EDITOR’S DESK: The importance of telling the full story

Published: Wednesday, April 2, 2014 at 11:06 AM.

Monday, television audiences said goodbye to CBS's "How I Met Your Mother," a sitcom that tracked protagonist Ted Mosby's journey to meet the love of his life.

The innovative series mixed slapstick and running gags with dramatic elements, character development and serial storytelling rarely seen on multi-camera comedies. Creatively, it was the next generation's "Friends."

I enjoyed the comedy — gems like "Challenge accepted" and "Legen-dary" are household sayings that appear on coffee mugs and T-shirts — and identified with Ted. The guy has the best of intentions and does well with work, but fails miserably with love.

And like millions, I wanted to know the mother's identity and see things work out for the best. You think that if Ted has a happy ending, somehow, some way, you will, too.

The show has figured prominently in my life. Especially after waiting nine years for the series' conclusion, and seeing the exact ending I wanted for these characters. (Don't worry, late watchers. I won't spoil it.)

That future Ted goes into excruciating detail with his kids as he recaps one of his life's most important moments seems appropriate, given the series' conclusion.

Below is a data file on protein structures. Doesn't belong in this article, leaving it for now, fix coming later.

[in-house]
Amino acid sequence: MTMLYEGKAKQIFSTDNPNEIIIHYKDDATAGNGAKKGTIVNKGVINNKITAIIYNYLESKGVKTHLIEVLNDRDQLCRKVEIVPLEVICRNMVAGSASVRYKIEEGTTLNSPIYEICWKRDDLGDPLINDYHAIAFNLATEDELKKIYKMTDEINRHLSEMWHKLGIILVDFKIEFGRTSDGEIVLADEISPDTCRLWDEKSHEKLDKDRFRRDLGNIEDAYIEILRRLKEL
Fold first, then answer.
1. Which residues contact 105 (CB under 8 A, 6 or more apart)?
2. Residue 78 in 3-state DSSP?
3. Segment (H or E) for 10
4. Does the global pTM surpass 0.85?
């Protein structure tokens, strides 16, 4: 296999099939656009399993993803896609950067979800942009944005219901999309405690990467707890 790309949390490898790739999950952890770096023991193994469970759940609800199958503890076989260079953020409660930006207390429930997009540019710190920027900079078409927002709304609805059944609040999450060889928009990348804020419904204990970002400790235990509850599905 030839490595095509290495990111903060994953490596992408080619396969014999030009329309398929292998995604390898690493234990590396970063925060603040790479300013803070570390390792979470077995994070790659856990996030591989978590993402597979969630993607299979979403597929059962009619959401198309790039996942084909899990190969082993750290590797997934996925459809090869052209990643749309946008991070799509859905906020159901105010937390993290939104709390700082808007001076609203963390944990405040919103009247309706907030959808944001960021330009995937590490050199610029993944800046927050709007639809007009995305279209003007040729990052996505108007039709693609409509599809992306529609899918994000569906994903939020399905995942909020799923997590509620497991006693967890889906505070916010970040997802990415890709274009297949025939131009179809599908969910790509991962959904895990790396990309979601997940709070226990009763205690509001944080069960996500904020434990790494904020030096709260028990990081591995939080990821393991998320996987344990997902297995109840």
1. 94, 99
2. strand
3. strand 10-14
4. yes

It all ties together.

Similarly, last week in this column, I told the story of one of the greatest compliments I've received while at the News Bulletin. But I deliberately buried the lede, HIMYM-style. To understand why the compliment mattered, you needed the back story.

It's also true in news.

We don't need to jump around the timeline, but we do need to tell the most complete story as we know it.

Last week, Matthew Brown and I teamed up for a special report on the 20 days since Emmanuel Menz, an autistic 3-year-old, was taken from a South Ferdon Boulevard Burger King.

The newspaper has covered what police and children's advocates said about the incident, but what about alleged kidnappers Karl Menz and Virginia Lynch?

I reached out to their friends and family with a Facebook message; few replied to the effort, and email conversations ended shortly after they began. Evidently, no one actually wanted to talk or go on the record beyond a brief sound bite.

It's unfortunate. If I'm putting someone's mug shots on the newspaper's front page in connection with a major, ongoing case, I'd like to know more of the story.

It's unfair, for me as an editor, to assume that Menz and Lynch are terrible people or close out other views. That doesn't happen here.

And let's be clear: Saying that isn't condoning their alleged actions; rather, it's understanding that in a post-Joey Floyd world, we need to hear from as many people as possible.

Yes, this HIMYM fan, naturally, is not content with half the story, and welcomes all views on even the most difficult issues.

We hope local, state and federal law enforcement officials can help bring Emmanuel back home, safe and sound, to the ones who love him.

That would be a satisfying conclusion to this story.

But in the meantime, we'd appreciate the chance to tell more of the story, and ensure we don't miss a beat.

What's your view? Write a letter to the editor or tweet News Bulletin Editor Thomas Boni @cnbeditor.

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